No Man Knows My History: The Life of Joseph Smith

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The first paperback edition of the classic biography of the founder of the Mormon church, this book attempts to answer the questions that continue to surround Joseph Smith. Was he a genuine prophet, or a gifted fabulist who became enthralled by the products of his imagination and ended up being martyred for them? 24 pages of photos. Map.
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Overview

The first paperback edition of the classic biography of the founder of the Mormon church, this book attempts to answer the questions that continue to surround Joseph Smith. Was he a genuine prophet, or a gifted fabulist who became enthralled by the products of his imagination and ended up being martyred for them? 24 pages of photos. Map.
Read More Show Less

Product Details

  • ISBN-13: 9780394469676
  • Publisher: Knopf Doubleday Publishing Group
  • Publication date: 2/12/1971
  • Edition description: REV
  • Edition number: 2
  • Pages: 499
  • Product dimensions: 5.96 (w) x 8.66 (h) x 1.79 (d)

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Sort by: Showing all of 13 Customer Reviews
  • Anonymous

    Posted September 11, 2008

    Honor my Myth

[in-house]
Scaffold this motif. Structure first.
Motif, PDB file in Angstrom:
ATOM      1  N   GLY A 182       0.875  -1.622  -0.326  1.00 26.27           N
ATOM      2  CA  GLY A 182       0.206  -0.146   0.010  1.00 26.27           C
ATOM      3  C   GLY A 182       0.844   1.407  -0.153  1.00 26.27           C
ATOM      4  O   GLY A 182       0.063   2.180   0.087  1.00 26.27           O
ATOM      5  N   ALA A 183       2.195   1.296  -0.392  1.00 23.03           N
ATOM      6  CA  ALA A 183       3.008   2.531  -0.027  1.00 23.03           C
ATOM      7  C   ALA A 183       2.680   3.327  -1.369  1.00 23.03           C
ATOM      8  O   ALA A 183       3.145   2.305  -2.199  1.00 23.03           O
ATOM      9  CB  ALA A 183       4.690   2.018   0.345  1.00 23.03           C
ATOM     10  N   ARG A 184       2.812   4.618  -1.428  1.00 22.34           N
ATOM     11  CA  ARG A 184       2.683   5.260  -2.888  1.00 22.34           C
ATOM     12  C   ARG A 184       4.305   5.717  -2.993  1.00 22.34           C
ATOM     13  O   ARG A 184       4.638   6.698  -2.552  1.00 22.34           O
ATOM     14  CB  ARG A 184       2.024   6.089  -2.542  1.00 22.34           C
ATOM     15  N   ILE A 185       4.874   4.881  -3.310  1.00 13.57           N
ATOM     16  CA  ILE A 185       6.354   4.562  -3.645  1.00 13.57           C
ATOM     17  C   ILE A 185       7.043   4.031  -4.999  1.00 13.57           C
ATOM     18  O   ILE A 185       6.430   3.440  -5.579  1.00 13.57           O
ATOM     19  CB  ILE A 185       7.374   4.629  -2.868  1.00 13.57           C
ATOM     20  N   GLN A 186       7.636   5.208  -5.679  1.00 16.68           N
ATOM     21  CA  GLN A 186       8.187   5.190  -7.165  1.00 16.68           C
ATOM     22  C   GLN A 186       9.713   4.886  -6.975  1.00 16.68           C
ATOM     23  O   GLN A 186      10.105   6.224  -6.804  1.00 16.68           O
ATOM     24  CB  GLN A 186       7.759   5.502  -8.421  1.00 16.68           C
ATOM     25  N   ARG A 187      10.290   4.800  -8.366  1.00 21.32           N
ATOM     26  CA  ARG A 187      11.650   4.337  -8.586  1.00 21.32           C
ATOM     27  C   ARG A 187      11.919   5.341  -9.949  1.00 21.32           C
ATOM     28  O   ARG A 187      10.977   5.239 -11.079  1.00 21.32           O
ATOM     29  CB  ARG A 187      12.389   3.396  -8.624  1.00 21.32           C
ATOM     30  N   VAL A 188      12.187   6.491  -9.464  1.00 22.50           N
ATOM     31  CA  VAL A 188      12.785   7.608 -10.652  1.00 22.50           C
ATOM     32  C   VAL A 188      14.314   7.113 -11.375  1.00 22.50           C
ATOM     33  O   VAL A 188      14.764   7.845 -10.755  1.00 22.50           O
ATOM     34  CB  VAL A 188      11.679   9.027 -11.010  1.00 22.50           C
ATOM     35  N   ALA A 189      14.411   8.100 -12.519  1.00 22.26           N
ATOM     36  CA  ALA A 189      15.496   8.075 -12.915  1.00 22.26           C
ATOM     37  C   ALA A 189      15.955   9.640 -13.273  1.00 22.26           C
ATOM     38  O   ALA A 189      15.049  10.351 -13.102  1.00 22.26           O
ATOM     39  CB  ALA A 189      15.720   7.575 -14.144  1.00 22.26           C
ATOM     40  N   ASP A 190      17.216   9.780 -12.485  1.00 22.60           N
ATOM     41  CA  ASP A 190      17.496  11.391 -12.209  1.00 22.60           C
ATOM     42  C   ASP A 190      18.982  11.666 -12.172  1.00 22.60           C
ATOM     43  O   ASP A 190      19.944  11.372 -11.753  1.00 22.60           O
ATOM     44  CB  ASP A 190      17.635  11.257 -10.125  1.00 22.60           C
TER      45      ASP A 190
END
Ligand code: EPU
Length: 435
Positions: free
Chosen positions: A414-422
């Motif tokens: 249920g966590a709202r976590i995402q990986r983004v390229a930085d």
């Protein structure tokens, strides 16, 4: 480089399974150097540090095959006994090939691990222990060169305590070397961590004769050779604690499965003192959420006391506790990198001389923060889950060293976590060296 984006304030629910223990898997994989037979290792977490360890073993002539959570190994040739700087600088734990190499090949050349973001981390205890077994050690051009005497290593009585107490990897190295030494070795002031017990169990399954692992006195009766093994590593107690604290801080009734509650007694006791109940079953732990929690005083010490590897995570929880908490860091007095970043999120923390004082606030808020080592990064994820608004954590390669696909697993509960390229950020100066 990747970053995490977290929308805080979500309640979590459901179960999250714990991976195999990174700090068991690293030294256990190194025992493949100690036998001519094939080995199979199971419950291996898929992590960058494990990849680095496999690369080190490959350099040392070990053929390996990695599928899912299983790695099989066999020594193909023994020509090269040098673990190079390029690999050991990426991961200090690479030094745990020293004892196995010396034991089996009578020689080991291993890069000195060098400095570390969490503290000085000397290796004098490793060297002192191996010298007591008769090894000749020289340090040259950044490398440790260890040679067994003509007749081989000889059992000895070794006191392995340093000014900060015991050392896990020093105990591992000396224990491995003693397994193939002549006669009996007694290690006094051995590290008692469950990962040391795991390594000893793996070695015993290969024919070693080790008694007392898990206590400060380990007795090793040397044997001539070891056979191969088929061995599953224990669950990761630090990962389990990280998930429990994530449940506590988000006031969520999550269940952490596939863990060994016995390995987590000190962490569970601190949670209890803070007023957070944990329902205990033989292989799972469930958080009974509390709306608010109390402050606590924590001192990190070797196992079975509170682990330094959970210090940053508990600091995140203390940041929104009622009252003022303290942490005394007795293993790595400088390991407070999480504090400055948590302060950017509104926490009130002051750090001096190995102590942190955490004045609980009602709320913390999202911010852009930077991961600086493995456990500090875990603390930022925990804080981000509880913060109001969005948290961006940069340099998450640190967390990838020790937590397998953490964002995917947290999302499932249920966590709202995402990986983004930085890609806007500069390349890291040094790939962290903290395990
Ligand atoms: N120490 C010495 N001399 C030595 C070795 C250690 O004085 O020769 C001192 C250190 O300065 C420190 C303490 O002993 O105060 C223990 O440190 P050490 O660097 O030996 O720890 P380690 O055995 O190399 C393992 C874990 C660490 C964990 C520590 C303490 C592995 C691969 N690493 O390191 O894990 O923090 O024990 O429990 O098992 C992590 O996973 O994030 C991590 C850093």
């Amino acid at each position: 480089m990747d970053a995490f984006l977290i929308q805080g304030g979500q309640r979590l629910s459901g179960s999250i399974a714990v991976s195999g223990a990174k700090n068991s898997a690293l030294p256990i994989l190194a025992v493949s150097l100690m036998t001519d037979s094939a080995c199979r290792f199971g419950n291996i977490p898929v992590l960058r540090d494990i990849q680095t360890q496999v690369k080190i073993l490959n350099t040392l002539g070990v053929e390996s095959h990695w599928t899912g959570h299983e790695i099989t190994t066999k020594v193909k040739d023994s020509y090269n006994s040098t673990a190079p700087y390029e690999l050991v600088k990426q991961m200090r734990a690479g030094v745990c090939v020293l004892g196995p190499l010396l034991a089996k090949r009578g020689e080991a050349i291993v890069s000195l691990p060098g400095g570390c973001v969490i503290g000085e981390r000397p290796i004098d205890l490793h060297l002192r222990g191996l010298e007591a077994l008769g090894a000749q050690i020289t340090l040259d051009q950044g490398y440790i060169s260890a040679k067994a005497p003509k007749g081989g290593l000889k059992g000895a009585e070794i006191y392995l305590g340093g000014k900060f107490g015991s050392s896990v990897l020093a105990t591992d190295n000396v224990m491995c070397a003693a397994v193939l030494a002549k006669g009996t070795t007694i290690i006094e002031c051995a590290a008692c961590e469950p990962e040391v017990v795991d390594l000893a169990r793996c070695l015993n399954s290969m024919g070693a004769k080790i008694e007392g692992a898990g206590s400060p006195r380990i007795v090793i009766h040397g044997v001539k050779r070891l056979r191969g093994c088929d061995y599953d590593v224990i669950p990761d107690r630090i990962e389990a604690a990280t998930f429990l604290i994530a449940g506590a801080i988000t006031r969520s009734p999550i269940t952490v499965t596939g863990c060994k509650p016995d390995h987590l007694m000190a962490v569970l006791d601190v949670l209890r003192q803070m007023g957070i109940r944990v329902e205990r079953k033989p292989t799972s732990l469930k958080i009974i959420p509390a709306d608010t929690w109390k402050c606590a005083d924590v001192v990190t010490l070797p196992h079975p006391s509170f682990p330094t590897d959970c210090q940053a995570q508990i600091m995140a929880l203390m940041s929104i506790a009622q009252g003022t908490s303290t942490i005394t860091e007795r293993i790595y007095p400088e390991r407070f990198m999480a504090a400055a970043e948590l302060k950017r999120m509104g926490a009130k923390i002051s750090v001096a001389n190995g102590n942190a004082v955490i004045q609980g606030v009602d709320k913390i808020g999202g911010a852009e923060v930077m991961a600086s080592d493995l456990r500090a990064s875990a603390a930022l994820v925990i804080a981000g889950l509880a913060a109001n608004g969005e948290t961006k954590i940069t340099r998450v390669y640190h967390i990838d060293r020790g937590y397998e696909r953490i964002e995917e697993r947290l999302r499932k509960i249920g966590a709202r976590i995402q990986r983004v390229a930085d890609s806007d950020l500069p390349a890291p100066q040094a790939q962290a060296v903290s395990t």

Brodie's 'No Man Knows My History' is the extensively researched history of the life of Mormonism's Prophet, the charismatic and gifted Joseph Smith. As a nonbeliever, myself, I approach almost everything from a secular level, as does Brodie, therefoe I'm bound to agree with her approach, recognizing, at the same time, that some of her sources are less than perfect. Some sources were necessarily those of people who came to hate Joseph Smith and/or his strange religion. Brodie seeks to understand the young Joseph growing up in hard-scrabble Vermont and Western New York. We see a talented, ambitious young dreamer trapped amongst largely uneducated people who were superstitious and, oftentimes, painfully gullible. Young Joseph, who isn't enamored with farming, is fascinated by Indian mounds and treasure finding. He finds a stone through which he claims he can divine the location of hidden treasure. He is persuasive enough [alternatively, people are so gullible] that he makes a modest living from selling his talents although there is no evidence that he, or anyone else, was ever enriched by his divining 'talent'. As a matter of fact, he is successfully sued by one angry man who regards himself as cheated. Over a period of time, and contrary to Mormon preachments, Joseph morphs into something like a religious mystic. He claims he has found a 'Golden Bible' although the circumstances of finding it are initially vague. The Golden Bible has interesting characteristics. Smith generally keeps it hidden in a box or under cloth. It seems that few people can visualize it, except himself, although...accoring to witnesses...it has weight and heft. Also, despite the fact others can't see it, Joseph reports hiding it from place to place so that it won't be stolen for its golden value. Using magical implements, including stones, Joseph 'translates' his golden plates into the document later known as the 'Book of Mormon.' Joseph's tale of angels, God and Jesus seem to have, for the most art, post-dated the translation of he gold. The nature of these visions, the number of angels, personages etc. morphed over time. Joseph is now well on his way to becoming a Prophet and a world-shaker. He gains increasing numbers of believers. The question is,'how much of this does Joseph believe himself'? We'll probably never know but, I suspect that over time and with increasing adulation, that he comes to believe that he is the true instrument of God's Power on Earth [a little like Jim Jones and David Koresh]. Like most powerful men, women flock to him as bees do to honey. He has additional'revelations' including that of plural marriage. This revelation has the force of a commandment and Joseph, without the knowledge of his wife, Emma, takes on multiple women as religious wives. The newly-founded sect finds itself persecuted for its communistic and polygamist practices. They are forced to move, almost en masse, from one place to another, until founding of the city of Nauvoo, Illinois on the banks of the Mississippi. The city is successful, perhaps too much so. Joseph sets himself up as General of the Militia and ordrs the destruction of an anti-Joseph printing press. He is arrested by secular authorities and, while imprisoned in the upper floor of a jailhouse, he and his brother are shot to death by an anti-Mormon mob. Joseph is dead but a martyr is born.